G. Whatis an ABG test, and what are our requirements for an acceptable test andreport?General. An ABG test measures PaO2, PaCO2, and the concentration of hydrogen ions in your arterial blood. We use a resting or an exercise ABG measurement to evaluate yourrespiratory disorder under 3.02C2.Resting ABG tests.Wehave the following requirements for resting ABG tests under these listings: Youmust be medically stable at the time of the test. See 3.00E2a.Thetest must be administered while you are breathing room air; that is, withoutoxygen supplementation.Theresting ABG test report must include the following information:You name, the date of the test, and either the altitude or both the city and State of the test site.The PaO2 and PaCO2 values.Wemay need to purchase a resting ABG test to determine whether your disorder meets 3.02C2 when we have evidence showing that you have a chronic respiratorydisorder that could result in impaired gas exchange, unless we can make a fullyfavorable determination or decision on another basis. Beforewe purchase a resting ABG test, a medical consultant (see §§ 404.1616 and 416.1016 of this chapter),preferably one with experience in the care of peoplewith respiratory disorders, must review your case record to determine if weneed the test.The medical source we designate to administer the test is solely responsible for deciding whether it is safe for you to do the test and for howto administer it.Exercise ABG tests.Wewill not purchase an exercise ABG test. We have the following requirements for exercise ABG tests under these listings:Youmust have done the exercise under steady state conditions while breathing roomair. If you were tested on a treadmill, you generally must have exercised forat least 4 minutes at a grade and speed providing oxygen (O2) consumption ofapproximately 17.5 milliliters per kilogram per minute (mL/kg/min) or 5.0metabolic equivalents (METs). If you were tested on a cycle ergometer, you generally must have exercised for at least 4 minutes at an exercise equivalent of 5.0 METs.Wemay use a test in which you have not exercised for at least 4 minutes. If youwere unable to complete at least 4 minutes of steady state exercise, we need astatement by the person administering the test about whether the results are avalid indication of your respiratory status. For example, this statement mayinclude information about your cooperation or effort in doing the test and whether you were limited in completing the test because of your respiratory disorder or another impairment.Theexercise ABG test report must include the following information:Yourname, the date of the test, and either the altitude or both the city and stateof the test site.The PaO2 and PaCO2 values.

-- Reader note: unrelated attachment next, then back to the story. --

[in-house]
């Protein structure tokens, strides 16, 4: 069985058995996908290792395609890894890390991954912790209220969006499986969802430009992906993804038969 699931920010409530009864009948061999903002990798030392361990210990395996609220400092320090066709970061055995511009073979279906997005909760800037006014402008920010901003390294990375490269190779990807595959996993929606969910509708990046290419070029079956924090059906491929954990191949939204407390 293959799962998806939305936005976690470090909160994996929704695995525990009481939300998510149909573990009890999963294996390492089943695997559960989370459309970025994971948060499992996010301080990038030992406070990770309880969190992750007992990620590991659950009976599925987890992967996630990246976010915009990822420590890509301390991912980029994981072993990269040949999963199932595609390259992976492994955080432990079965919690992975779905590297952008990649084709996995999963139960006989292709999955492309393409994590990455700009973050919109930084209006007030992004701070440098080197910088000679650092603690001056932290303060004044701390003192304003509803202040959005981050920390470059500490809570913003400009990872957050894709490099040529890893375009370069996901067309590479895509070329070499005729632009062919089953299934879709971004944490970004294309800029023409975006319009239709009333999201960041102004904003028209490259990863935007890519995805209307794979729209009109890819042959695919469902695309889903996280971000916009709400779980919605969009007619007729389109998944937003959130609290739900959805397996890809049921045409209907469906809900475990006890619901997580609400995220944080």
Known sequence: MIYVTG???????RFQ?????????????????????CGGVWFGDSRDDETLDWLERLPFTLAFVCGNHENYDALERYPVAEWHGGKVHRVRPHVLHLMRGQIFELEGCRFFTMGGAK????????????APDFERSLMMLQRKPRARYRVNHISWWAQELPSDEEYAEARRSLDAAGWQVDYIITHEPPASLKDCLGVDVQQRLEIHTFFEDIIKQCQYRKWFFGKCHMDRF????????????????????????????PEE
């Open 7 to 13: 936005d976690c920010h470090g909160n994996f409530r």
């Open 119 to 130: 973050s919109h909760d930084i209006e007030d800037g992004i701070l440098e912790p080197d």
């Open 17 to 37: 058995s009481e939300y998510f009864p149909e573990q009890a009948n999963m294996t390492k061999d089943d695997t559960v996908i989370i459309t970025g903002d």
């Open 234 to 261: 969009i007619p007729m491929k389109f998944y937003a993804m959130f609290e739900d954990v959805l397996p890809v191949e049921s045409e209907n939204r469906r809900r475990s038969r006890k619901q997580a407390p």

H. What is pulse oximetry, and what are our requirements for an acceptabletest and report?Pulse oximetry measures SpO2, the percentage of oxygen saturation of blood hemoglobin. We use a pulse oximetry measurement (either at rest, during a 6MWT, or after a 6MWT) to evaluate your respiratory disorder under 3.02C3 or, if you have CF, to evaluate it under 3.04F.Wehave the following requirements for pulse oximetry under 3.02C3:Youmust be medically stable at the time of the test. See 3.00E2a. Yourpulse oximetry measurement must be recorded while you are breathing room air;that is, without oxygen supplementation.Yourpulse oximetry measurement must be stable. By “stable,” we mean that the rangeof SpO2 values (that is, lowest to highest) during any 15-second intervalcannot exceed 2 percentage points. For example: (1) the measurement is stableif the lowest SpO2 value during a 15-second interval is 87 percent and thehighest value is 89 percent—a range of 2 percentage points. (2) The measurementis not stable if the lowest value is 86 percent and the highest value is 89 percent—a range of 3 percentage points.Ifyou have had more than one measurement (for example, at rest and after a 6MWT),we will use the measurement with the lowest SpO2 value. Thepulse oximetry report must include the following information:Your name, the date of the test, and either the altitude or both the city and State of the test site.A graphical printout showing your SpO2 value and a concurrent, acceptable pulsewave. An acceptable pulse wave is one that shows the characteristic pulse wave; that is, sawtooth-shaped with a rapid systolic upstroke (nearly vertical)followed by a slower diastolic downstroke (angled downward).Wemay need to purchase pulse oximetry at rest to determine whether your disorder meets 3.02C3 when we have evidence showing that you have a chronic respiratory disorder that could result in impaired gas exchange, unless we can make a fully favorable determination or decision on another basis. We may purchase pulse oximetry during and after a 6MWT if your SpO2 value at rest is greater than the value in Table V.Beforewe purchase pulse oximetry,a medical consultant (see §§ 404.1616 and 416.1016 of this chapter),preferably one with experience in the care of people with respiratory disorders,must review your case record to determine if we need the test.The medical source we designate to administer the test is solely responsible for deciding whether it is safe for you to do the test and for how to administer it.We have the following requirements for pulse oximetry under 3.04F:You must be medically stable at the time of the test. See 3.00E2a. Your pulse oximetry measurement must be recorded while you are breathing room air;that is, without oxygen supplementation.If you have had more than one measurement (for example, at rest and after a 6MWT), we will use the measurement with the lowest SpO2 value.The pulse oximetry report must include your name, the date of the test, and either the altitude or both the city and State of the test site. If you have CF, we donot require a graphical printout showing your SpO2 value and a concurrent,acceptable pulse wave.